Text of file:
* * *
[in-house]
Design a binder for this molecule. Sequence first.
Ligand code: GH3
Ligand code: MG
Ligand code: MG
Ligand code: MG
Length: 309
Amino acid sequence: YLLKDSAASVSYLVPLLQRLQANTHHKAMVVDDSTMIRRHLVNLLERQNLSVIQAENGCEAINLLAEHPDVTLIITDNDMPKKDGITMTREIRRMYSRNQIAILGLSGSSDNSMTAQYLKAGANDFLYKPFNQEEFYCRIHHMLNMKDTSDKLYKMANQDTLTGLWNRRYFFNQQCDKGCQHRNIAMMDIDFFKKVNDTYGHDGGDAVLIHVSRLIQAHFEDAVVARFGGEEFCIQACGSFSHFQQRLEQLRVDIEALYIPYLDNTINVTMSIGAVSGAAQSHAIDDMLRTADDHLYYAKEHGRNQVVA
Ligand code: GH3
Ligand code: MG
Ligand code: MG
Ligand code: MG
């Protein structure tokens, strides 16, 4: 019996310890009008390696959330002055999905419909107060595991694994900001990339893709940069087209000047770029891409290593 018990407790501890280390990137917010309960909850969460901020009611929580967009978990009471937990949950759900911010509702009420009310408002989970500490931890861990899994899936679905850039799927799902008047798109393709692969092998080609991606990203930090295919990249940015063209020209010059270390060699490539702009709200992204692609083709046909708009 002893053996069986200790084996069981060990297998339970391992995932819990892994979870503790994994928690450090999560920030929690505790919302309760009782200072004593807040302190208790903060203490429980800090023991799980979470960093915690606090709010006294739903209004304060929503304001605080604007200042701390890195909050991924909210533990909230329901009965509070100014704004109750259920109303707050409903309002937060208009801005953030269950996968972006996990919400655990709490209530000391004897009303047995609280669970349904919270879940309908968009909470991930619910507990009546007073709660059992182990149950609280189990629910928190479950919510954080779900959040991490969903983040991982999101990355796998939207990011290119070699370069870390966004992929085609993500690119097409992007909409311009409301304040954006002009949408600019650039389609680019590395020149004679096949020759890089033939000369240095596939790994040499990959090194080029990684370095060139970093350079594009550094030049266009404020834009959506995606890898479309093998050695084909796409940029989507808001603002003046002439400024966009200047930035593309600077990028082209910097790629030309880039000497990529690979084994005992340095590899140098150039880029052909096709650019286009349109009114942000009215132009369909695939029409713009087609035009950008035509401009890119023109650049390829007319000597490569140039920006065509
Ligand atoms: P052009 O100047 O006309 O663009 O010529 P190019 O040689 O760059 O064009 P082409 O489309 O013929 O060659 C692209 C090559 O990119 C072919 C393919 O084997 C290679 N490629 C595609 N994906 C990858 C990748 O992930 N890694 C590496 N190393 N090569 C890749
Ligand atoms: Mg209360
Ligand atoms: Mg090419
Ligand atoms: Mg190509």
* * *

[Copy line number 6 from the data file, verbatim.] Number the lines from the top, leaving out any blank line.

Ligand code: MG